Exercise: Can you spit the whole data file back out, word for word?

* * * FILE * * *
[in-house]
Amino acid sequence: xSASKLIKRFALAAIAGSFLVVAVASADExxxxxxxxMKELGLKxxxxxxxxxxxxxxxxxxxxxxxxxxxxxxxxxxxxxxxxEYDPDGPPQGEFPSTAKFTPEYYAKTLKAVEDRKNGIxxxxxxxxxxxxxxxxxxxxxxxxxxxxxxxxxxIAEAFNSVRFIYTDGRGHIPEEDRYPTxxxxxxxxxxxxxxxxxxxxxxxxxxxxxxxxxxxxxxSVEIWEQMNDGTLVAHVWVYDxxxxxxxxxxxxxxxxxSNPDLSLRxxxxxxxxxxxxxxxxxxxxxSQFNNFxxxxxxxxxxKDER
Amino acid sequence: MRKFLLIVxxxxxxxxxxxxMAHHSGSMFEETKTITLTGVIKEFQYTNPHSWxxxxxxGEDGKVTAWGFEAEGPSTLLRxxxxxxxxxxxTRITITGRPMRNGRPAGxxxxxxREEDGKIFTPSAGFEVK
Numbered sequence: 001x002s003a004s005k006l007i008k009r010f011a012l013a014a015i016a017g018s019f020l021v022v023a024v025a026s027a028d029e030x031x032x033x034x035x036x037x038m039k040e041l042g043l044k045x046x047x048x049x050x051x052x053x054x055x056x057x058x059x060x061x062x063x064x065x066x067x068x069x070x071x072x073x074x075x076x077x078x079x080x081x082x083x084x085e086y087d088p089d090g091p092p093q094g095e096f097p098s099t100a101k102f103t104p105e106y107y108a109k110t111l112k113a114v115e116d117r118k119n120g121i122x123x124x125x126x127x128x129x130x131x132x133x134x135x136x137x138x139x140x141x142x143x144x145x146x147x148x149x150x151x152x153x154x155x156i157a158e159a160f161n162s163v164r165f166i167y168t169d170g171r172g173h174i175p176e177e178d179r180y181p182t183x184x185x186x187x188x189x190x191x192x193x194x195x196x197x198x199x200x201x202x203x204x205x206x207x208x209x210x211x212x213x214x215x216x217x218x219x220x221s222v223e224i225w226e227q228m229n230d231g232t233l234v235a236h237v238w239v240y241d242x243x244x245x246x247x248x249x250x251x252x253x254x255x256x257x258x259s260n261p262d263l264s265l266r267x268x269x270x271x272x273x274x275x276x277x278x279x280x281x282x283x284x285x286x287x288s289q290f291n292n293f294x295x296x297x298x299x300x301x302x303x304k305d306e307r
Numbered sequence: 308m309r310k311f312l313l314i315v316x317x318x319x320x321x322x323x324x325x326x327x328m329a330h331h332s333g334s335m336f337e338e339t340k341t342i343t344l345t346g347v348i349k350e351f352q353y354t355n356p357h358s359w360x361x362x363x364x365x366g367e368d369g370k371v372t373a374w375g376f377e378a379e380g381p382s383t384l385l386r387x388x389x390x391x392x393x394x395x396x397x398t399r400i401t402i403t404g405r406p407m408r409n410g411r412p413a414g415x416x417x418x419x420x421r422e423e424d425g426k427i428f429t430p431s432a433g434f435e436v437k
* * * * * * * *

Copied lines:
[in-house]
Amino acid sequence: xSASKLIKRFALAAIAGSFLVVAVASADExxxxxxxxMKELGLKxxxxxxxxxxxxxxxxxxxxxxxxxxxxxxxxxxxxxxxxEYDPDGPPQGEFPSTAKFTPEYYAKTLKAVEDRKNGIxxxxxxxxxxxxxxxxxxxxxxxxxxxxxxxxxxIAEAFNSVRFIYTDGRGHIPEEDRYPTxxxxxxxxxxxxxxxxxxxxxxxxxxxxxxxxxxxxxxSVEIWEQMNDGTLVAHVWVYDxxxxxxxxxxxxxxxxxSNPDLSLRxxxxxxxxxxxxxxxxxxxxxSQFNNFxxxxxxxxxxKDER
Amino acid sequence: MRKFLLIVxxxxxxxxxxxxMAHHSGSMFEETKTITLTGVIKEFQYTNPHSWxxxxxxGEDGKVTAWGFEAEGPSTLLRxxxxxxxxxxxTRITITGRPMRNGRPAGxxxxxxREEDGKIFTPSAGFEVK
Numbered sequence: 001x002s003a004s005k006l007i008k009r010f011a012l013a014a015i016a017g018s019f020l021v022v023a024v025a026s027a028d029e030x031x032x033x034x035x036x037x038m039k040e041l042g043l044k045x046x047x048x049x050x051x052x053x054x055x056x057x058x059x060x061x062x063x064x065x066x067x068x069x070x071x072x073x074x075x076x077x078x079x080x081x082x083x084x085e086y087d088p089d090g091p092p093q094g095e096f097p098s099t100a101k102f103t104p105e106y107y108a109k110t111l112k113a114v115e116d117r118k119n120g121i122x123x124x125x126x127x128x129x130x131x132x133x134x135x136x137x138x139x140x141x142x143x144x145x146x147x148x149x150x151x152x153x154x155x156i157a158e159a160f161n162s163v164r165f166i167y168t169d170g171r172g173h174i175p176e177e178d179r180y181p182t183x184x185x186x187x188x189x190x191x192x193x194x195x196x197x198x199x200x201x202x203x204x205x206x207x208x209x210x211x212x213x214x215x216x217x218x219x220x221s222v223e224i225w226e227q228m229n230d231g232t233l234v235a236h237v238w239v240y241d242x243x244x245x246x247x248x249x250x251x252x253x254x255x256x257x258x259s260n261p262d263l264s265l266r267x268x269x270x271x272x273x274x275x276x277x278x279x280x281x282x283x284x285x286x287x288s289q290f291n292n293f294x295x296x297x298x299x300x301x302x303x304k305d306e307r
Numbered sequence: 308m309r310k311f312l313l314i315v316x317x318x319x320x321x322x323x324x325x326x327x328m329a330h331h332s333g334s335m336f337e338e339t340k341t342i343t344l345t346g347v348i349k350e351f352q353y354t355n356p357h358s359w360x361x362x363x364x365x366g367e368d369g370k371v372t373a374w375g376f377e378a379e380g381p382s383t384l385l386r387x388x389x390x391x392x393x394x395x396x397x398t399r400i401t402i403t404g405r406p407m408r409n410g411r412p413a414g415x416x417x418x419x420x421r422e423e424d425g426k427i428f429t430p431s432a433g434f435e436v437k